County to take wait-and-see approach in response to Trump campaign lawsuit

Times Observer photo by Josh Cotton Warren County Solicitor Nathaniel Schmidt, left, updated the county commissioners, from left, Ben Kafferlin and Jeff Eggleston.

Warren County officials are confident in the security of election operations in spite of a lawsuit by the Trump campaign that named each county’s board of elections as defendants.

Congressman Glenn Thompson joined Donald J. Trump for President, Inc., in the suit as did a couple other members of the Pennsylvania Congressional delegation and two potential poll watchers.

The named defendants include Kathy Boockvar, Pennsylvania’s secretary of state and each of the 67 county election boards.

The heart of the allegations made in a federal district court filing center around Pennsylvania’s new mail-in voting option.

The Warren County Board of Elections — made up of the Warren County Commissioners — met in executive session prior to Wednesday’s meeting to discuss a response.

Solicitor Nathaniel Schmidt offered comments on the case during the public meeting.

The three major items the campaign is seeking court action on include a provision of the election code that permits poll watchers to watch at polling places outside of their county. The other two specifically pertain to mail-in ballot collecting and ballot counting.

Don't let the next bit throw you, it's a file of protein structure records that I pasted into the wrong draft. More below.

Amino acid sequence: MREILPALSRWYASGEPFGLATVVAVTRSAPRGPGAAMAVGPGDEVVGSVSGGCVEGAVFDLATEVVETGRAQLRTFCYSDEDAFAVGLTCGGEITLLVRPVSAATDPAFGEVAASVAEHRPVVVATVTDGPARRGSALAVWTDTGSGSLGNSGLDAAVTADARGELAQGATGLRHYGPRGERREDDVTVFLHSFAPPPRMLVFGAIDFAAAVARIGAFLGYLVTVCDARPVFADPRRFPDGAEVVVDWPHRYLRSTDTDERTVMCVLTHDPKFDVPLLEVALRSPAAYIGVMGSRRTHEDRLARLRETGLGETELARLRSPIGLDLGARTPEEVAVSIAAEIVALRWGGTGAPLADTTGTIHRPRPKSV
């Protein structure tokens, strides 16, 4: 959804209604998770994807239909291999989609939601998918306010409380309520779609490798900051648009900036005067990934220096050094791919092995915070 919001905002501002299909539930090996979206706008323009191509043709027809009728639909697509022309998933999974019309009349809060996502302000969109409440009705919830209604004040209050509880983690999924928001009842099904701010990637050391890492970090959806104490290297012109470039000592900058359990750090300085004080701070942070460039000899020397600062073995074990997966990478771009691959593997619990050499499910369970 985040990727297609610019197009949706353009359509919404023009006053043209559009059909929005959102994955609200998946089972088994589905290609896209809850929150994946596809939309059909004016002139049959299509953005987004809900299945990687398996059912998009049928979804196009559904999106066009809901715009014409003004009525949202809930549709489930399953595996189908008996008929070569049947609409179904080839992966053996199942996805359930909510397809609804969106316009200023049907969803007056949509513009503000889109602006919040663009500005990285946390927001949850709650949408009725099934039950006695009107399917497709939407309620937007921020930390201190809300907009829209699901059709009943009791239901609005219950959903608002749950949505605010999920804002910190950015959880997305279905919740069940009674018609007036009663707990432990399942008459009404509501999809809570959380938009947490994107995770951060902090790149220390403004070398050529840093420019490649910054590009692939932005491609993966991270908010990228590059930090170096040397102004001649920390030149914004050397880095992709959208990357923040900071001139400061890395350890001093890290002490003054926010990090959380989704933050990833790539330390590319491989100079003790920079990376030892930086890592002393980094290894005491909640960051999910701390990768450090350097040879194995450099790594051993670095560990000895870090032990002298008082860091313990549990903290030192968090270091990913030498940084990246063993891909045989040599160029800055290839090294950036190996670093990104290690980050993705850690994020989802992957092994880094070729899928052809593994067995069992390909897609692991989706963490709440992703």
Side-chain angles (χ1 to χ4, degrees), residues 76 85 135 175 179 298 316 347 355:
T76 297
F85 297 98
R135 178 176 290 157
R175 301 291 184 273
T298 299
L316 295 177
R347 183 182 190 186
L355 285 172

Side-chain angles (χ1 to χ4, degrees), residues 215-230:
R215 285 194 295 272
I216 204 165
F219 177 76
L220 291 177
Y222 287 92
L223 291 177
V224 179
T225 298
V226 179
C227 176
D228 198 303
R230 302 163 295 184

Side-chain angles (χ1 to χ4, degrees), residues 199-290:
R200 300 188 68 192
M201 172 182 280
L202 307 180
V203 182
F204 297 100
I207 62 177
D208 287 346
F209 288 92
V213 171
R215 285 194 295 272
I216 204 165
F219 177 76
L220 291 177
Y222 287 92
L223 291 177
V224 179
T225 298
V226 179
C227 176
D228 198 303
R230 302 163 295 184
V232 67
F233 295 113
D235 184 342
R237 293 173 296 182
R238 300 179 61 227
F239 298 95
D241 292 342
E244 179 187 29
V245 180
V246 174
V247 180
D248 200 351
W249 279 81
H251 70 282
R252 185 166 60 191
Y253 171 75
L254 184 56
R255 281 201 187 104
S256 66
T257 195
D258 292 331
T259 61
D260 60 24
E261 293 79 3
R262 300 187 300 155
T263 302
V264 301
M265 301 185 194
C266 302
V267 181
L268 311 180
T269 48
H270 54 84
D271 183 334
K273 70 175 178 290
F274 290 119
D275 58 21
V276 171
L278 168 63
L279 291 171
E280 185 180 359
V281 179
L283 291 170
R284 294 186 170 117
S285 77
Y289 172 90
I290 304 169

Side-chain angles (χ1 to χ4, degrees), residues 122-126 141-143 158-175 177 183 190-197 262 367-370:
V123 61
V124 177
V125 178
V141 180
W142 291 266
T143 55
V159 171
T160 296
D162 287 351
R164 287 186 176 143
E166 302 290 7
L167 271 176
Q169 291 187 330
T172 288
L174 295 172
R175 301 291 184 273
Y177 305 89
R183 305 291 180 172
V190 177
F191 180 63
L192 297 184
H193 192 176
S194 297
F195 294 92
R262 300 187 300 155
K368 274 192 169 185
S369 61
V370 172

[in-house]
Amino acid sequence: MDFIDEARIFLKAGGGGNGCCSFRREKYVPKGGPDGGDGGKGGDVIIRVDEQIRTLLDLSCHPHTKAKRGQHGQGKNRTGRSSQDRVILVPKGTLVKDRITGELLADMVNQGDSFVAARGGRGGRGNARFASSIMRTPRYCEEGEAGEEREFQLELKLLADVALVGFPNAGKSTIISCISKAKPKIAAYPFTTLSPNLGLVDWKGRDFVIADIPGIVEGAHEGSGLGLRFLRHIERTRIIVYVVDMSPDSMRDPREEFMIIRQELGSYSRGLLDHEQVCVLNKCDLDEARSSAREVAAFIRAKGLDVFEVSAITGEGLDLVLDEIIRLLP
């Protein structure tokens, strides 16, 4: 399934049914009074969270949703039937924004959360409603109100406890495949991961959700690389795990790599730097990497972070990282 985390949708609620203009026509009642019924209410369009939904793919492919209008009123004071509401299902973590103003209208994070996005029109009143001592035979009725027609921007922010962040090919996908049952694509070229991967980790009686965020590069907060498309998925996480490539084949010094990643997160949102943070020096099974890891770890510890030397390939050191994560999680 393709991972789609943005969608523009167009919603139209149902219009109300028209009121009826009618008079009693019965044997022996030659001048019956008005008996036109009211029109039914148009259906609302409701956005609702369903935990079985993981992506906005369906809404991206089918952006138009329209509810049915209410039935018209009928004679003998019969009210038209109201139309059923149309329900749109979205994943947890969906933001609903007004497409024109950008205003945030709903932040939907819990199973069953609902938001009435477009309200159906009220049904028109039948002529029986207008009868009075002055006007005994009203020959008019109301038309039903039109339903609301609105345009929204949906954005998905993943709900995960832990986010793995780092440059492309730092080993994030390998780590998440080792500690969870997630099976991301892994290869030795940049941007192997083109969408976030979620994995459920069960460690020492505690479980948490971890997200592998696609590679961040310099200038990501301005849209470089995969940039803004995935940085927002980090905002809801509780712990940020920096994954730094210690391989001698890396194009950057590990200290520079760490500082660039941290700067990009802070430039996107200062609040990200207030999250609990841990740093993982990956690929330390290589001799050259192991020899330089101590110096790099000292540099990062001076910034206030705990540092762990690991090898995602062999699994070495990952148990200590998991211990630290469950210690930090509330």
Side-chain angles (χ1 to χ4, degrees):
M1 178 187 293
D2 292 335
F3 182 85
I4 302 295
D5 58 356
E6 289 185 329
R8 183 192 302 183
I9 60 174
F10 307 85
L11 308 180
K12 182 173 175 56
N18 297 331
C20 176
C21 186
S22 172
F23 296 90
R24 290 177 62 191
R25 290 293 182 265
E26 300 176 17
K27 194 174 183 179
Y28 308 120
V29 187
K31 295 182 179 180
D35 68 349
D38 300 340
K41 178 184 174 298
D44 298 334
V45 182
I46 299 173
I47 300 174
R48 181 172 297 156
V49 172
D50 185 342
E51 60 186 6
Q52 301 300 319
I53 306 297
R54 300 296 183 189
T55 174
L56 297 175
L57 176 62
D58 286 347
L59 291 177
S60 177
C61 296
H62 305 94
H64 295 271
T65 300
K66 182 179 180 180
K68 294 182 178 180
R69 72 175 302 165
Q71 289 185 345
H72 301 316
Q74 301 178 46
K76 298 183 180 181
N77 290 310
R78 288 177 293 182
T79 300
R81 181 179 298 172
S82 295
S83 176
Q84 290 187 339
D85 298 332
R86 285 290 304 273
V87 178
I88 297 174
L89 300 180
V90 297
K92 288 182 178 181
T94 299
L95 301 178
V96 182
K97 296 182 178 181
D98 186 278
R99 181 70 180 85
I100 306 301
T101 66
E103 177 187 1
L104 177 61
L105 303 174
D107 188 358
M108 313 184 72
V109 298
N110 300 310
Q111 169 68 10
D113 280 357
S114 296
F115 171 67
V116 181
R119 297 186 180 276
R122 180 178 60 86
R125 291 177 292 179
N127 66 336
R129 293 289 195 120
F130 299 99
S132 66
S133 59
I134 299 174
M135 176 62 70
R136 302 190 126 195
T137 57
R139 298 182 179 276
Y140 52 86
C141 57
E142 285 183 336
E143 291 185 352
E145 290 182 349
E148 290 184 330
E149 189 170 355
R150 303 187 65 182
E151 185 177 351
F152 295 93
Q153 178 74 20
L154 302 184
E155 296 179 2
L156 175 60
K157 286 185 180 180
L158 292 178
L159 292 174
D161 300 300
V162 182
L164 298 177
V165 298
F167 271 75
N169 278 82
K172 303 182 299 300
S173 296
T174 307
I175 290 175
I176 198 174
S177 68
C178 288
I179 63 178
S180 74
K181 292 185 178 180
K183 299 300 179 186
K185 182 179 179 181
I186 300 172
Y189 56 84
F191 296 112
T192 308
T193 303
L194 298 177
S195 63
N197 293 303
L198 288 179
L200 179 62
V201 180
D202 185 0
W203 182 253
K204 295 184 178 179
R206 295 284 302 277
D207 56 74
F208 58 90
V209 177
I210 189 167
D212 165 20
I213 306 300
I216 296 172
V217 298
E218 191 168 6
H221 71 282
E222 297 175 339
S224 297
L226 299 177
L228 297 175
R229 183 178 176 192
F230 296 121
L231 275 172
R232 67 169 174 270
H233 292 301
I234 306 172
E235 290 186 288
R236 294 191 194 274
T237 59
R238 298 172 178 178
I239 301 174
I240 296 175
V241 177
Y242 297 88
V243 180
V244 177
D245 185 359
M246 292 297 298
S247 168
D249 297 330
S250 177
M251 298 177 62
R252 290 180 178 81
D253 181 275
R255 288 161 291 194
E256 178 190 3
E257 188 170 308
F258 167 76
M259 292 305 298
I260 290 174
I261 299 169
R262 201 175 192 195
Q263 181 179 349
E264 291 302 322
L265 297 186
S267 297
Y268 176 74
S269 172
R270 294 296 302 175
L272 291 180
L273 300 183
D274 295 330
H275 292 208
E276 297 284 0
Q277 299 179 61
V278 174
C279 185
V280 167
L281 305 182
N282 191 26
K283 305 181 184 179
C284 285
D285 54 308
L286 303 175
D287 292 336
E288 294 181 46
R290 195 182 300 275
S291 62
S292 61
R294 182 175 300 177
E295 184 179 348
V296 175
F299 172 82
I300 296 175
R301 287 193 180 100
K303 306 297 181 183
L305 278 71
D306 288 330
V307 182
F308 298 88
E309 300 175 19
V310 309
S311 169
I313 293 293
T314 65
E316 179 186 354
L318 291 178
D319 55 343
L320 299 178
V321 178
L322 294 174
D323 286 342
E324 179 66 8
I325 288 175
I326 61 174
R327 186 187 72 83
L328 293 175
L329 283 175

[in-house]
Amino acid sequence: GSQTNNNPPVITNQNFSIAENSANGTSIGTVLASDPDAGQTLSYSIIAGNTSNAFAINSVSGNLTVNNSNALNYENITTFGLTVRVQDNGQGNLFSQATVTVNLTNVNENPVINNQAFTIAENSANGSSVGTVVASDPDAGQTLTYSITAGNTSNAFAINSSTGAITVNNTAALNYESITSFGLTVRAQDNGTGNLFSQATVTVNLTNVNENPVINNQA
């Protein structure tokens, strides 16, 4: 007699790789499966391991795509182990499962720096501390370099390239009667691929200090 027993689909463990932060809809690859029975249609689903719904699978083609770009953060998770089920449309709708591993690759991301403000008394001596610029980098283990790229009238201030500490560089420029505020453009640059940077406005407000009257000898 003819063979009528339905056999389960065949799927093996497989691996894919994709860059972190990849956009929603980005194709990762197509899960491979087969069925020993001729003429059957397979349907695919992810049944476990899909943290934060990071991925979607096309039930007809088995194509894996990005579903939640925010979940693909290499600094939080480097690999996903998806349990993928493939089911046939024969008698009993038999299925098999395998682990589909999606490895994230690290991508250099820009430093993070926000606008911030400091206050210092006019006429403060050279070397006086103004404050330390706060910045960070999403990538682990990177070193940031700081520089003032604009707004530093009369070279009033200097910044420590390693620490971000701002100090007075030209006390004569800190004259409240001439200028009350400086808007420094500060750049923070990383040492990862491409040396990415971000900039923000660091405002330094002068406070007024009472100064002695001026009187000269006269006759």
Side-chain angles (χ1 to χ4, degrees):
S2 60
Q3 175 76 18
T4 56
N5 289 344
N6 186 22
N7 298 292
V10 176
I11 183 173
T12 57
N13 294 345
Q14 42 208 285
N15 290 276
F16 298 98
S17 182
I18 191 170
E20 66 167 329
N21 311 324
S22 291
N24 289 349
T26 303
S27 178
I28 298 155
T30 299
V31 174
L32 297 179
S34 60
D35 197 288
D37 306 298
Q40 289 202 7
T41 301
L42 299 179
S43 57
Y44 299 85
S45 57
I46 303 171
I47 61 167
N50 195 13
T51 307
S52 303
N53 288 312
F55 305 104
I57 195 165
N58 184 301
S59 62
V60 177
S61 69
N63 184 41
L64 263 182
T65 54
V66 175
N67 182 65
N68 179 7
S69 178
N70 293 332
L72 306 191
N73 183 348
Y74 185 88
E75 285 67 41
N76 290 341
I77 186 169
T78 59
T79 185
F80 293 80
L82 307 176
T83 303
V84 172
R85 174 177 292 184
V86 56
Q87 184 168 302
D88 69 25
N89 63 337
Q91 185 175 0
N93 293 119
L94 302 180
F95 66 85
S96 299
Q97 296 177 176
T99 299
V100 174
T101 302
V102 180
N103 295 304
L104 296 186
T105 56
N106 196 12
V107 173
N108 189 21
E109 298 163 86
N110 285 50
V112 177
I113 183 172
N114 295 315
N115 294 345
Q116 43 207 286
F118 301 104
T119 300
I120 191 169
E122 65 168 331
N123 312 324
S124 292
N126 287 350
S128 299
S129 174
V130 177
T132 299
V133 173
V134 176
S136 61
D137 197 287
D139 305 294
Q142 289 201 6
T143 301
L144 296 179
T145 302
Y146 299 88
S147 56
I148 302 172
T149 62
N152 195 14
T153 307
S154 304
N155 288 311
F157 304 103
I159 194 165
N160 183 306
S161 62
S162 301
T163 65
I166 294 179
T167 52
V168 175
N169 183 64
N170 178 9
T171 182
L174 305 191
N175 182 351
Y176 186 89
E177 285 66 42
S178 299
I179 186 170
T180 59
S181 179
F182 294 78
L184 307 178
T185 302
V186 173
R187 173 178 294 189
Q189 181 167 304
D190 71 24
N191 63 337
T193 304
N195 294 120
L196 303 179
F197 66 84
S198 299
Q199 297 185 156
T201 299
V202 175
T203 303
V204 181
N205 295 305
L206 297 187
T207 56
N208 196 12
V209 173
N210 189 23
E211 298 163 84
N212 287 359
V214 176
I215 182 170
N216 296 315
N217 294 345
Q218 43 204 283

“It’s very early in the case,” Schmidt noted, explaining they have no guidance on how the Pa. Department of State will respond, though he speculated that the poll watcher change is “something they may resist.

“I’ve advised the Board of Elections to take no position on it at this time (and) see how it plays out,” he added.

On the other two items, Schmidt said “having consulted with the Board of Elections, we are in agreement preliminarily that the requests being made here are essentially compliance with the law as it stands.”

He said he discussed the case with other county solicitors.

“My expectation (is) that there will be a number of counties that take (a) non-confrontational approach to this element of the request.”

The law states — and the campaign wants enforced — that ballots can only be returned to the county election offices.

Warren County had one ballot box posted just inside the Fifth Ave. entrance to the courthouse.

“That was secured behind a locked door due to the COVID emergency,” Schmidt argued, and “monitored by the sheriff and security cameras” in addition to checked by county Elections Director Lisa Rivett. “This is similar based on some accounts I’ve heard to procedures that were implemented in other counties.

“While I think the Trump campaign is looking to enforce the strict letter of the law… given the circumstances of the COVID emergency, I think Warren County took significant precautions to ensure the integrity of our election.”

He said the county will have to see “what the judge orders” moving forward but reiterated that the “Board of Elections has every intention to uphold the election code.”

Noting that no Warren County-specific issues are identified in the complaint, Schmidt said that “I don’t see this suit as significantly impacting the Board of Elections operations as they get prepared for the fall election.”


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